The new 36-mile Albany-Hudson Electric Trail runs from Rensselaer, across the river from the Erie Canalway Trail’s eastern terminus in Albany, south to Hudson. The $45 million trail follows the historic route of an electric trolley which operated from 1900 to 1929. The corridor is owned by National Grid, which authorized New York State to build a trail on the route.

From Hudson, the trail follows lightly used rural roads down to Kingston, where the new 1.5-mile Hudson River Brickyard Trail recently opened north of the city along the Hudson River Shoreline. South of Kingston, the trail continues onto the Wallkill Valley Rail Trail, which received extensive renovations to its surface earlier this year, thanks to work from the Open Space Institute. From here south, the route is almost entirely off-road.

In New Paltz, the trail leaves the Wallkill corridor and follows the Hudson Valley Rail Trail to Highland, where it connects to the breathtaking Walkway Over the Hudson State Historic Park to Poughkeepsie. On the other side of the bridge, the trail continues along the William R. Steinhaus Dutchess Rail Trail to Hopewell Junction.

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The newly constructed Maybrook Trailway begins in Hopewell Junction and runs south for 23 miles to Brewster along the Metro-North Railroad’s inactive "Beacon Line" corridor. Along the route, the trail winds through rural landscapes and wooded areas featuring seasonal waterfalls and crosses the Appalachian Trail.

From Brewster, the trail picks up the existing Putnam Trailway, which runs south through it’s namesake county before connecting to the Westchester North and South County Trails south to Yonkers, and the Putnam Greenway Trail running through Van Cortlandt Park in the Bronx. Finally, a short series of on-road connections brings the Empire State Trail to the Hudson River Greenway that runs along the west side of Manhattan down to the trail’s southern terminus at the Battery.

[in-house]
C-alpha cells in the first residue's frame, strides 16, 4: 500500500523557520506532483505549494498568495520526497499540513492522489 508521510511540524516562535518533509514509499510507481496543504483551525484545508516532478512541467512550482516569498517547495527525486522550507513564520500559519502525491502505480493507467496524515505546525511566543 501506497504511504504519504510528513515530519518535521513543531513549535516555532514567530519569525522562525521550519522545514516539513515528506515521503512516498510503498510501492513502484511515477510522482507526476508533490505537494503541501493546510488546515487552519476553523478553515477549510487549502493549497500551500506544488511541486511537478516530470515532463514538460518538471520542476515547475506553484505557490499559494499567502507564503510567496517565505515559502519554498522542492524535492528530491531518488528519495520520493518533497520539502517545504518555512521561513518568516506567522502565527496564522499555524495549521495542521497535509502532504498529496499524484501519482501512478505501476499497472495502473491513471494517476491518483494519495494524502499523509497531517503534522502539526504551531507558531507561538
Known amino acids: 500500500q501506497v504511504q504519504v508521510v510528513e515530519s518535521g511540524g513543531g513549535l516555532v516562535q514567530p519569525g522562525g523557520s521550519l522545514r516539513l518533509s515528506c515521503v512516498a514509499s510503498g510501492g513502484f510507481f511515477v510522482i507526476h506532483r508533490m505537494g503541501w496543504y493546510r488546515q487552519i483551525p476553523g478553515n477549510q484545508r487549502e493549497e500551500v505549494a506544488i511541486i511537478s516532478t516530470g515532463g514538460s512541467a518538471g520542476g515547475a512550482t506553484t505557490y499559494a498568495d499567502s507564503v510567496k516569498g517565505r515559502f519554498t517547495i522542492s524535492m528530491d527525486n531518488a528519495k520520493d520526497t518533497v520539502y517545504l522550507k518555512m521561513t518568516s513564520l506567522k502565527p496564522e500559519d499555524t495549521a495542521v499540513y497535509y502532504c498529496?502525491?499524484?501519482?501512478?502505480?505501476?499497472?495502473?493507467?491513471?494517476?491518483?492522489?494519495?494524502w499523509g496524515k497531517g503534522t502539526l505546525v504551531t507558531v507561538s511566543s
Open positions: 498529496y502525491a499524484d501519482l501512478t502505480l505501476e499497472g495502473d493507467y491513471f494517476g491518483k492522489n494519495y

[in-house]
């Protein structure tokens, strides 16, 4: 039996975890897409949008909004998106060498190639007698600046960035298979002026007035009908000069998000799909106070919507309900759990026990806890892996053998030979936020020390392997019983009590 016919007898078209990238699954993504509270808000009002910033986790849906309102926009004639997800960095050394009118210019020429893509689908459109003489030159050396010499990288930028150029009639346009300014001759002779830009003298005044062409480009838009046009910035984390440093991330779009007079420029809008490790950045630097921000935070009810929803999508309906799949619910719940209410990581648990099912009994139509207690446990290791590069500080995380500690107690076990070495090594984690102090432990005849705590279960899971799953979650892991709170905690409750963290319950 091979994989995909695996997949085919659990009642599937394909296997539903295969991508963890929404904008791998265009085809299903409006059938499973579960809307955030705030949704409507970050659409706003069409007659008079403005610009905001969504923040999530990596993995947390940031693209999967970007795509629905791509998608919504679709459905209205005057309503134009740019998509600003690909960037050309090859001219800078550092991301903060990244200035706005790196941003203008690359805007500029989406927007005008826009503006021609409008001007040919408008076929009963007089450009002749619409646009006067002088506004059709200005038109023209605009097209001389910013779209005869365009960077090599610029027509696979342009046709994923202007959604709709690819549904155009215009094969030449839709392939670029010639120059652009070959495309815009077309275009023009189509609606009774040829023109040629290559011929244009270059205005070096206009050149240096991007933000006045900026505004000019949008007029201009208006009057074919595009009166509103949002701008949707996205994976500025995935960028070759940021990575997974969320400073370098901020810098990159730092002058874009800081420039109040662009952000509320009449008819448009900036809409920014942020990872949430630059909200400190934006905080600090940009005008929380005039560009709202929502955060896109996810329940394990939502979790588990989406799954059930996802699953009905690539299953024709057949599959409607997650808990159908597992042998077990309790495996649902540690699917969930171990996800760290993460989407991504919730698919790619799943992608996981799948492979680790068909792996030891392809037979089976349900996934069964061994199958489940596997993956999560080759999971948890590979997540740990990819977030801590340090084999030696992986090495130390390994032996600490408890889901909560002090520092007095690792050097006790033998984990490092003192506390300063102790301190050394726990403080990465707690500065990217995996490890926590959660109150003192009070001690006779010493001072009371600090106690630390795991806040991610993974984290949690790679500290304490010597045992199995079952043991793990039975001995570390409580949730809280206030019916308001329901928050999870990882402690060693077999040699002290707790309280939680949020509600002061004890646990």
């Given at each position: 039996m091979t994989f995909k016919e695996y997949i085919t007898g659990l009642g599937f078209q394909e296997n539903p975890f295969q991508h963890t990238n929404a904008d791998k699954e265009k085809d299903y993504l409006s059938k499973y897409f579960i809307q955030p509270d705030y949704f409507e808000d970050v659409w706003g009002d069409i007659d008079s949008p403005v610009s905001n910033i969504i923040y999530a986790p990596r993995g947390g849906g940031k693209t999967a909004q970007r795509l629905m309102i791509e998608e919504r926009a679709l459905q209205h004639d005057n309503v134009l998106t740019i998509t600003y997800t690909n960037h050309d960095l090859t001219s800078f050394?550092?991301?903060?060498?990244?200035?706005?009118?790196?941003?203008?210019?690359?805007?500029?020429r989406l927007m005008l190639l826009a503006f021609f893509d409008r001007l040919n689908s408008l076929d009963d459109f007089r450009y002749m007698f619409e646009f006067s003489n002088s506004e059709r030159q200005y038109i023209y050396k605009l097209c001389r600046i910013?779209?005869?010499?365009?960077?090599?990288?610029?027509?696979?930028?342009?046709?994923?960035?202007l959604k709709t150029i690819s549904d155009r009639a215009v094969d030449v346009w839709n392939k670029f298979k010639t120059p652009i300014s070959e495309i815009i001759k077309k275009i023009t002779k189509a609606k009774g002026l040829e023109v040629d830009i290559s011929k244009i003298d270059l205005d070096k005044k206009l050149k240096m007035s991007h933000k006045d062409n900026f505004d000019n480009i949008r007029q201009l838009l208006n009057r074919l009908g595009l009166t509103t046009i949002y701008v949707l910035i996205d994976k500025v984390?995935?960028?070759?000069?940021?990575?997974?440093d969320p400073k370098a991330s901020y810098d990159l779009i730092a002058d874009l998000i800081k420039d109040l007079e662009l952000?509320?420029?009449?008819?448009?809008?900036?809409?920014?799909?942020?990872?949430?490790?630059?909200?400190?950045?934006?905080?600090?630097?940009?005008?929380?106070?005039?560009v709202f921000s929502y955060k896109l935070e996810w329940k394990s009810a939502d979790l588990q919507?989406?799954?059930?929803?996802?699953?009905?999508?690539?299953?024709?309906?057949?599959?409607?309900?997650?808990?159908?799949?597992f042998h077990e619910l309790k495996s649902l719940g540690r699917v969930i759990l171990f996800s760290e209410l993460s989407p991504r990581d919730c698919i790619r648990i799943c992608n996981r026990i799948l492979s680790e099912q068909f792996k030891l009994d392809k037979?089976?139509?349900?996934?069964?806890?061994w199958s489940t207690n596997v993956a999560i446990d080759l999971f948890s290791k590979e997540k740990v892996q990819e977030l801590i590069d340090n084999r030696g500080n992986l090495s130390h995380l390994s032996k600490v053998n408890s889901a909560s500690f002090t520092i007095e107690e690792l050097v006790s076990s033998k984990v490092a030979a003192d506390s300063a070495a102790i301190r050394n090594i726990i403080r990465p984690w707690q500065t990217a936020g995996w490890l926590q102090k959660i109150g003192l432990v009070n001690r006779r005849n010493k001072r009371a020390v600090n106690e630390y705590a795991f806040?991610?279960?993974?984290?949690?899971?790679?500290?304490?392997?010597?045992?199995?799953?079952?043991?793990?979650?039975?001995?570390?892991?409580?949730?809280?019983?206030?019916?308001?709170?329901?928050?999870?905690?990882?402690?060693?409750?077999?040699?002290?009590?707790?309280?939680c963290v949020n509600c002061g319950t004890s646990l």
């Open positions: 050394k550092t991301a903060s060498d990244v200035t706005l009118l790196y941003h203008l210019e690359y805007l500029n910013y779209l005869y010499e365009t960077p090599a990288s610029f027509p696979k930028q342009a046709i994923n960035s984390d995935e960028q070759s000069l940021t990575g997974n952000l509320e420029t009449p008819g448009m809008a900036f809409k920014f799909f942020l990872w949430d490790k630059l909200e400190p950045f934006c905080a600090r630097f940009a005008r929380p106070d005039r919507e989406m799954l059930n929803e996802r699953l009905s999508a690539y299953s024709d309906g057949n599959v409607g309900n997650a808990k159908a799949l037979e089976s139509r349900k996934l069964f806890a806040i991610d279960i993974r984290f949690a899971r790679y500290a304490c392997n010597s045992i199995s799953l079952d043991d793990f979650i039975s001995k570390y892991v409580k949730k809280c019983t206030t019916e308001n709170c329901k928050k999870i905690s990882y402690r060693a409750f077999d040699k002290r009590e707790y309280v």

Interconnected statewide trail system a PTNY priority

With an interconnected trail system throughout New York long a goal of Parks & Trails New York and years of advocacy to close the gaps in the Erie Canalway Trail, we are thrilled to be celebrating the amazing accomplishment of the Empire State Trail.

When the Empire State Trail was first proposed, PTNY sprang into action to ensure it came to fruition. We led dozens of advocates, community leaders, and trail users in meetings with state legislators and decision makers to highlight how the proposed 750-mile Empire State Trail would benefit communities.

New York’s trail network has seen tremendous growth over the past 20 years, underscored by the Empire State Trail. Greenway trails have become popular core community amenities, drawing tens of millions of users statewide and encouraging residents and visitors alike to be more active. They have been especially popular and appreciated during the difficult COVID pandemic. Parks & Trails New York looks forward to building off the momentum of the Empire State Trail to lead efforts to develop a true statewide trail network, cementing New York's position as the nation's leader in multi-use trails.




About The Author

Dylan Carey

Dylan Carey is the Project Director for Parks & Trails New York